It was odd to see. Just another one of those places that makes this country outstanding.
The dunes cover about 275 miles and are made up of gypsum. Unlike beach sand which is quartz based and can be unbearable to walk on in the summer with bare feet, this sand stays cool to the touch regardless of how hot it gets. That's a little bit of Cliff Claven info, free of charge found here http://en.wikipedia.org/wiki/White_Sands_National_Monument.
I wish I could have driven my truck down the Dunes Road into the interior of the monument, took my boots and socks off and felt that sand run between my toes.
It shares the same area with the White Sands Missile Range. I couldn't see anything really other than some low cattle, barbed wire fencing with signs warning not to trespass. Some info. here .... http://en.wikipedia.org/wiki/White_Sands_National_Monument
At one point along this trip my fuel got low. Real low. Lower than I have ever driven the truck. I've been down to where my fuel light comes on just below 1/8 tank and then fueled sometime later before I hit the "E" mark. This time, due to a fueling location not taking Comdata, I pushed on almost to my detriment. My fuel was down to the "E" mark this time as I crossed over San Augustin Pass, 5719 ft. elevation, just east of Las Cruces. As I chugged up the mountain I was talking quietly to my Prostar "please just get me over the pass and down to the Love's and I won't ever run you this low on food again. I promise. Please..."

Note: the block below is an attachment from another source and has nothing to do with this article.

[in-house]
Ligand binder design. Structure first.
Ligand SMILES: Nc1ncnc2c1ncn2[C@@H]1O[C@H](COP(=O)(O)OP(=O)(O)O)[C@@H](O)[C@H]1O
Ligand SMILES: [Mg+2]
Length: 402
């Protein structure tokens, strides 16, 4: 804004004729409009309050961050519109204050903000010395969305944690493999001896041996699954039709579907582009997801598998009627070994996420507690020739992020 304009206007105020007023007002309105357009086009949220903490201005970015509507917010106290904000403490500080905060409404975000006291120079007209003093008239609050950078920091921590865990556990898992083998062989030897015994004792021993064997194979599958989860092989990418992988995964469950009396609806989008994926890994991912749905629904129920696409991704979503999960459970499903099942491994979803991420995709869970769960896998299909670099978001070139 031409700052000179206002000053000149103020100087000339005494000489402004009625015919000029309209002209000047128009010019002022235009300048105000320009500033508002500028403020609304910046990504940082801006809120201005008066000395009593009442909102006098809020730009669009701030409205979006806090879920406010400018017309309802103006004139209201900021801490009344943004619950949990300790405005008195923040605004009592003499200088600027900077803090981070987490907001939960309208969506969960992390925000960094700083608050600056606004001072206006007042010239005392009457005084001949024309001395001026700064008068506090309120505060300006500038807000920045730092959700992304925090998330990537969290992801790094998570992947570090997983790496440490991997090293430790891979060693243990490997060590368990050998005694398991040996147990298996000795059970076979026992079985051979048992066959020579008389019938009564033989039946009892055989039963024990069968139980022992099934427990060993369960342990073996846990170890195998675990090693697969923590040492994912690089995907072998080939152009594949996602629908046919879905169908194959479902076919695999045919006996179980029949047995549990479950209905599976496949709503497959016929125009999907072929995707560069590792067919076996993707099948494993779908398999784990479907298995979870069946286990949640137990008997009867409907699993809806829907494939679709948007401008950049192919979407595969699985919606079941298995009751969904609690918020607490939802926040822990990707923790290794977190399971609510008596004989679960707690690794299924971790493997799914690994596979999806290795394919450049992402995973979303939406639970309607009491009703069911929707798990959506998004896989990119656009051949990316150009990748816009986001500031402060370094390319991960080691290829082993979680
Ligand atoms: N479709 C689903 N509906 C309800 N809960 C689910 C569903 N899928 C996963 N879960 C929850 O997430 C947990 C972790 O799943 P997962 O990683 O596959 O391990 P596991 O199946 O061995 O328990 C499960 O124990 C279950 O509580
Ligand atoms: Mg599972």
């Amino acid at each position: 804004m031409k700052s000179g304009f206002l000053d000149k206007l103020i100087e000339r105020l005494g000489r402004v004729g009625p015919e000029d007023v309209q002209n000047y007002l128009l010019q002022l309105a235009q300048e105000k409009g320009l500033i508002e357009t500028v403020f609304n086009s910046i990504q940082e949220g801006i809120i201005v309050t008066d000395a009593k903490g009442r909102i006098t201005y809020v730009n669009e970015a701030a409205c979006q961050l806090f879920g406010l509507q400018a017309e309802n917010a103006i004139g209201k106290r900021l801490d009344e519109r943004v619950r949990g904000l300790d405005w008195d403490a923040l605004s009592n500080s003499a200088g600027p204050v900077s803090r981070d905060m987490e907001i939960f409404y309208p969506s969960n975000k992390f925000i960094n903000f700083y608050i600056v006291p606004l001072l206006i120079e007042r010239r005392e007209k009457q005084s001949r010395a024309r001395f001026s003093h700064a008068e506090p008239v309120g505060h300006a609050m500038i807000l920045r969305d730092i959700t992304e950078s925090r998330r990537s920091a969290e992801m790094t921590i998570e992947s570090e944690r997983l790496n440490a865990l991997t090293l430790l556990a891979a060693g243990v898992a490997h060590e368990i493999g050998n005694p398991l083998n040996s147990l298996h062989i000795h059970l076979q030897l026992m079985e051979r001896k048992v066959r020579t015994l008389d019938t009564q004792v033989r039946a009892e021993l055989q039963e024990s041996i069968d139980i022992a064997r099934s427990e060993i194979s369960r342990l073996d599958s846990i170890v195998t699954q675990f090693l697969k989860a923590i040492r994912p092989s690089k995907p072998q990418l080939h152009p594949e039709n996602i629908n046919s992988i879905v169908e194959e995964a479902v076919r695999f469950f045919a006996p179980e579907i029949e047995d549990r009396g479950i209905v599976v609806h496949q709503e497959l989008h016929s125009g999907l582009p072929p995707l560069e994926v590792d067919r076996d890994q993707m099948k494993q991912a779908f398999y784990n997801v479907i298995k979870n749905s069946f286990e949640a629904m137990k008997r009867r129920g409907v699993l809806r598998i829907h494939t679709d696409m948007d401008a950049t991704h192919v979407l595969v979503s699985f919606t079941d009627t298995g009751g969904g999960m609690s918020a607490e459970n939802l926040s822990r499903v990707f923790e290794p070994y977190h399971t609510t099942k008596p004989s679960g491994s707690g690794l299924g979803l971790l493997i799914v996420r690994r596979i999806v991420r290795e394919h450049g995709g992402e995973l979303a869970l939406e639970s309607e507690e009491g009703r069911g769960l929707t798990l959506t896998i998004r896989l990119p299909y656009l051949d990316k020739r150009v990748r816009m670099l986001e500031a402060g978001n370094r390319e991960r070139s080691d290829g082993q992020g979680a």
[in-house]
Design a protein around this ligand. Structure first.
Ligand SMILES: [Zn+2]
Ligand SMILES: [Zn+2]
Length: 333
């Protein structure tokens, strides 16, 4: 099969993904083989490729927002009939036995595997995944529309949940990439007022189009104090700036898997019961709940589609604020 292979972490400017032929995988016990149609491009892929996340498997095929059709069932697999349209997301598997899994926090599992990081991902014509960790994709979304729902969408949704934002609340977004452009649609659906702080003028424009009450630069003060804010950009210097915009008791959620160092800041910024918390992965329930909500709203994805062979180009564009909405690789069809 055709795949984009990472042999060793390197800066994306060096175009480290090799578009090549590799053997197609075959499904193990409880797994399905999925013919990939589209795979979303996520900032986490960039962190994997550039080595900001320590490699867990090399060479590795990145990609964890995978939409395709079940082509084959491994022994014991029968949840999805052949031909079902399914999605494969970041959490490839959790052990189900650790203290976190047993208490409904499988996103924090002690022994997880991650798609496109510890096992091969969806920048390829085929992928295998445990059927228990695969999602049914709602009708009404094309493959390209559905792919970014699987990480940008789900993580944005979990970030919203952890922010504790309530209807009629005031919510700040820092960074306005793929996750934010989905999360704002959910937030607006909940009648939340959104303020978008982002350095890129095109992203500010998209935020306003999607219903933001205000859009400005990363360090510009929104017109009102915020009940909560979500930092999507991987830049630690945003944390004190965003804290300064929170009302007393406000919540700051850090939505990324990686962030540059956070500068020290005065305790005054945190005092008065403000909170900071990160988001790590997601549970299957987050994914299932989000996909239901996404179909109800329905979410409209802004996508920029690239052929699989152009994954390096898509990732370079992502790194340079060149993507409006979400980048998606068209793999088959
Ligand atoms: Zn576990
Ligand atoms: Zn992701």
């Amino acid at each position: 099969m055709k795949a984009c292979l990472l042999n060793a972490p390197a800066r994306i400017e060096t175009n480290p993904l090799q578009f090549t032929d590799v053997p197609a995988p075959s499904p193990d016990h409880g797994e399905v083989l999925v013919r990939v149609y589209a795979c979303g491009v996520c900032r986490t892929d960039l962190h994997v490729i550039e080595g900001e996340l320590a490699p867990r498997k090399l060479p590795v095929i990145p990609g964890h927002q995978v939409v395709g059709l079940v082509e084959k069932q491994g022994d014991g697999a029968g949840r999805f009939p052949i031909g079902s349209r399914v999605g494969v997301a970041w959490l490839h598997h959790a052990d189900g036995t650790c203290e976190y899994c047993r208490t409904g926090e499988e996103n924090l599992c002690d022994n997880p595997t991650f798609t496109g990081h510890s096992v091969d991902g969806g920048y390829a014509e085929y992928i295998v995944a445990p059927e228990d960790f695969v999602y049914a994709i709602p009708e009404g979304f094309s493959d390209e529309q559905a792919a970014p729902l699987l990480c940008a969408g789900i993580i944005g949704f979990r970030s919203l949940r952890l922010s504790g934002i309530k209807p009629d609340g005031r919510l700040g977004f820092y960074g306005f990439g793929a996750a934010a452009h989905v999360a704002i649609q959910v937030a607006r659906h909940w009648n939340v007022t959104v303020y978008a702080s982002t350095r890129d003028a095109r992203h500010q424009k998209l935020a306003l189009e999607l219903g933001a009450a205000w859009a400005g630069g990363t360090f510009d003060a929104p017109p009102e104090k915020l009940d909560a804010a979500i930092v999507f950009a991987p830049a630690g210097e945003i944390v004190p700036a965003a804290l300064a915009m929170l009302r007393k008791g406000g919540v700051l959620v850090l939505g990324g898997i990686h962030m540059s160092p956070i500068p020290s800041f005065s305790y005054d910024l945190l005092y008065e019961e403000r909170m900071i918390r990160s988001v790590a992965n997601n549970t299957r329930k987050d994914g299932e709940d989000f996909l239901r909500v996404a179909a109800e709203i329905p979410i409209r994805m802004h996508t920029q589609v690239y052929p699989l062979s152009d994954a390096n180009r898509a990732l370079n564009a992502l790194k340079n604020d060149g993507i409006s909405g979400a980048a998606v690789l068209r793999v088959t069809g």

Somehow, I'm not sure how, I made it to my fuel stop. I was opened up for 99 gallons and that was good enough. That put me a little below the 1/2 way mark on my fuel guage and I was happy. Crisis diverted. My mistake though and it wont happen again.
Somewhere near the Arizona border or somewhere after I crossed it I hit one of those immigration checkpoints.
"Are you a U.S. citizen?"
"Anyone inside your trailer?"
"Are there any people inside your trailer?"
"Um, no, not today"
I'm trying to figure out all the cameras and other electronic wizardry you pass in front of before you actual speak to a human. I would swear one of them took my picture as I thought I had seen a flash as I crossed in front of them. Some of it looks like videocameras and some of it I think might be some type of x-ray machine to scan the inside of the trailers. Some of it may be brain scanning and mind reading equipment or possibly a remotely-activated laser ray gun to destroy those opposed to the current health plan format. Ok, maybe not. Where's my tinfoil hat? It looks like quite the setup. I managed to take a quick cellphone pic, surreptitiously as my cell is mounted to my dash and taking a pic off to the front and right only requires me to push a button. I haven't seen any black helicopters following me since I took that pic but I'm still looking. I am curious what all this equipment out on the side of the road is tho.
I made it that day, yesterday, all the way to the Walmart in Benson, AZ just east of Tucson. I wouldn't suggest parking here though as it took some sweet talk and compliments to one of the Walmart managers and then some face to face confirmation once I got there to be allowed to park. It was a quiet night and I started my pretrip just after 0300.Last edited: Jan 11, 2014
Still at the Eloy Pilot. I finally got a load that I accepted picking up tomorrow nearby and tcalling over in Calexico, CA. Only 275 miles loaded. I gotta get something with miles after this next load since by the time I drop off tomorrow I'll have 325 miles in the last 5 days. This is ridiculous.